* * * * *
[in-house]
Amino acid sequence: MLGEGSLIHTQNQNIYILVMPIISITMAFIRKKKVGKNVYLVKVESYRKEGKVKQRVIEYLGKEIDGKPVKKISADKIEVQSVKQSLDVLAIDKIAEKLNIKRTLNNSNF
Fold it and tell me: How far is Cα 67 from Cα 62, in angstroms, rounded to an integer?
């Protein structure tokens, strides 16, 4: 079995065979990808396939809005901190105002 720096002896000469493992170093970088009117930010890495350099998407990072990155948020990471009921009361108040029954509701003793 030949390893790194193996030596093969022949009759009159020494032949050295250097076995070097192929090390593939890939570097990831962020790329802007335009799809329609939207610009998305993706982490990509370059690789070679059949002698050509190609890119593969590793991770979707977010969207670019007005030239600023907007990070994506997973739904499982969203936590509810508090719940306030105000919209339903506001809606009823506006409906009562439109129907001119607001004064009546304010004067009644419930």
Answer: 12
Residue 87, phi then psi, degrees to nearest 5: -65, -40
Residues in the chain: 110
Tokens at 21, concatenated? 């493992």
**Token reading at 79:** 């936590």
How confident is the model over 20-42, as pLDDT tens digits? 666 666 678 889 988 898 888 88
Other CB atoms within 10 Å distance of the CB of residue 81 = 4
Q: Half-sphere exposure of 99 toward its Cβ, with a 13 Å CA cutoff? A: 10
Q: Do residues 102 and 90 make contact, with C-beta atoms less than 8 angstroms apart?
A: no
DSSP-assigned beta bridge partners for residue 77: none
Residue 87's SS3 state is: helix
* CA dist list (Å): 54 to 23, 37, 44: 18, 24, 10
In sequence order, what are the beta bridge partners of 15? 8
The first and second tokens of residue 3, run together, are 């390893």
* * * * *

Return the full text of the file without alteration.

[in-house]
Amino acid sequence: MLGEGSLIHTQNQNIYILVMPIISITMAFIRKKKVGKNVYLVKVESYRKEGKVKQRVIEYLGKEIDGKPVKKISADKIEVQSVKQSLDVLAIDKIAEKLNIKRTLNNSNF
Fold it and tell me: How far is Cα 67 from Cα 62, in angstroms, rounded to an integer?
């Protein structure tokens, strides 16, 4: 079995065979990808396939809005901190105002 720096002896000469493992170093970088009117930010890495350099998407990072990155948020990471009921009361108040029954509701003793 030949390893790194193996030596093969022949009759009159020494032949050295250097076995070097192929090390593939890939570097990831962020790329802007335009799809329609939207610009998305993706982490990509370059690789070679059949002698050509190609890119593969590793991770979707977010969207670019007005030239600023907007990070994506997973739904499982969203936590509810508090719940306030105000919209339903506001809606009823506006409906009562439109129907001119607001004064009546304010004067009644419930």
Answer: 12
Residue 87, phi then psi, degrees to nearest 5: -65, -40
Residues in the chain: 110
Tokens at 21, concatenated? 């493992």
**Token reading at 79:** 């936590």
How confident is the model over 20-42, as pLDDT tens digits? 666 666 678 889 988 898 888 88
Other CB atoms within 10 Å distance of the CB of residue 81 = 4
Q: Half-sphere exposure of 99 toward its Cβ, with a 13 Å CA cutoff? A: 10
Q: Do residues 102 and 90 make contact, with C-beta atoms less than 8 angstroms apart?
A: no
DSSP-assigned beta bridge partners for residue 77: none
Residue 87's SS3 state is: helix
* CA dist list (Å): 54 to 23, 37, 44: 18, 24, 10
In sequence order, what are the beta bridge partners of 15? 8
The first and second tokens of residue 3, run together, are 């390893």